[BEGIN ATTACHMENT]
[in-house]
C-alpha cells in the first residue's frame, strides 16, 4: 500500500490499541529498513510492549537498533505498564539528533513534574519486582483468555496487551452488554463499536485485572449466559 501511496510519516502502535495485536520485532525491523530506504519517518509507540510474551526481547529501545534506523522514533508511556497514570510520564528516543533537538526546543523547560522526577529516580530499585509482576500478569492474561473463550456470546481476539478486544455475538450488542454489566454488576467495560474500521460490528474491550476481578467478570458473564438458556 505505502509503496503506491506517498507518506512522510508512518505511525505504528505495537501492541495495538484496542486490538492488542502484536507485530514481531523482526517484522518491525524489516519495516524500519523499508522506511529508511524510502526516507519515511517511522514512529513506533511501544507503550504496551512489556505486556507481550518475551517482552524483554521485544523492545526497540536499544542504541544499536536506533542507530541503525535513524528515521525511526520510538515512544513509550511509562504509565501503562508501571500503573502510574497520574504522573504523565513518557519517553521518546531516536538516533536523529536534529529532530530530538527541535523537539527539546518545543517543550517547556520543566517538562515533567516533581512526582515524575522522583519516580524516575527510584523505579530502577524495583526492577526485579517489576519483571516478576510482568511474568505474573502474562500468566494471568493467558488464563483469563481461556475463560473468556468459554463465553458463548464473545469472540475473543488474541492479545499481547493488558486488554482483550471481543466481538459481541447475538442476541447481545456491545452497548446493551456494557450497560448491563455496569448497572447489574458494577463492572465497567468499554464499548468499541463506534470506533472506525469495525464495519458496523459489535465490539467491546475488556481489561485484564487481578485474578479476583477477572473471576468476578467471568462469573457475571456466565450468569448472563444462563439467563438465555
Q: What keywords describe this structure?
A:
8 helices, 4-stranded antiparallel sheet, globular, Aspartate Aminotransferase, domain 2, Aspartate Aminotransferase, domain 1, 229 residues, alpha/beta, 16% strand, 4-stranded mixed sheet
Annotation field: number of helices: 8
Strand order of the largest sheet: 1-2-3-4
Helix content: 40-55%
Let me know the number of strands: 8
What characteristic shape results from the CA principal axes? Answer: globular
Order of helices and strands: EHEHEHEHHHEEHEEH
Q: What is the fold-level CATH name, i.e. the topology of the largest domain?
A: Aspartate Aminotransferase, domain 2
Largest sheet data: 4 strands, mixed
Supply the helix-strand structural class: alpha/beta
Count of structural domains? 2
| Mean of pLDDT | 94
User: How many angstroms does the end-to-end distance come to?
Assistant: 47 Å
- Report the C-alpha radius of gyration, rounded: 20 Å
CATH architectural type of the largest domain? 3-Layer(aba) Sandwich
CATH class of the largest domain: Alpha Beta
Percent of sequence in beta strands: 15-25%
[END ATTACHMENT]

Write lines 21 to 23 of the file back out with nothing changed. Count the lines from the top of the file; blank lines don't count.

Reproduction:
CATH architectural type of the largest domain? 3-Layer(aba) Sandwich
CATH class of the largest domain: Alpha Beta
Percent of sequence in beta strands: 15-25%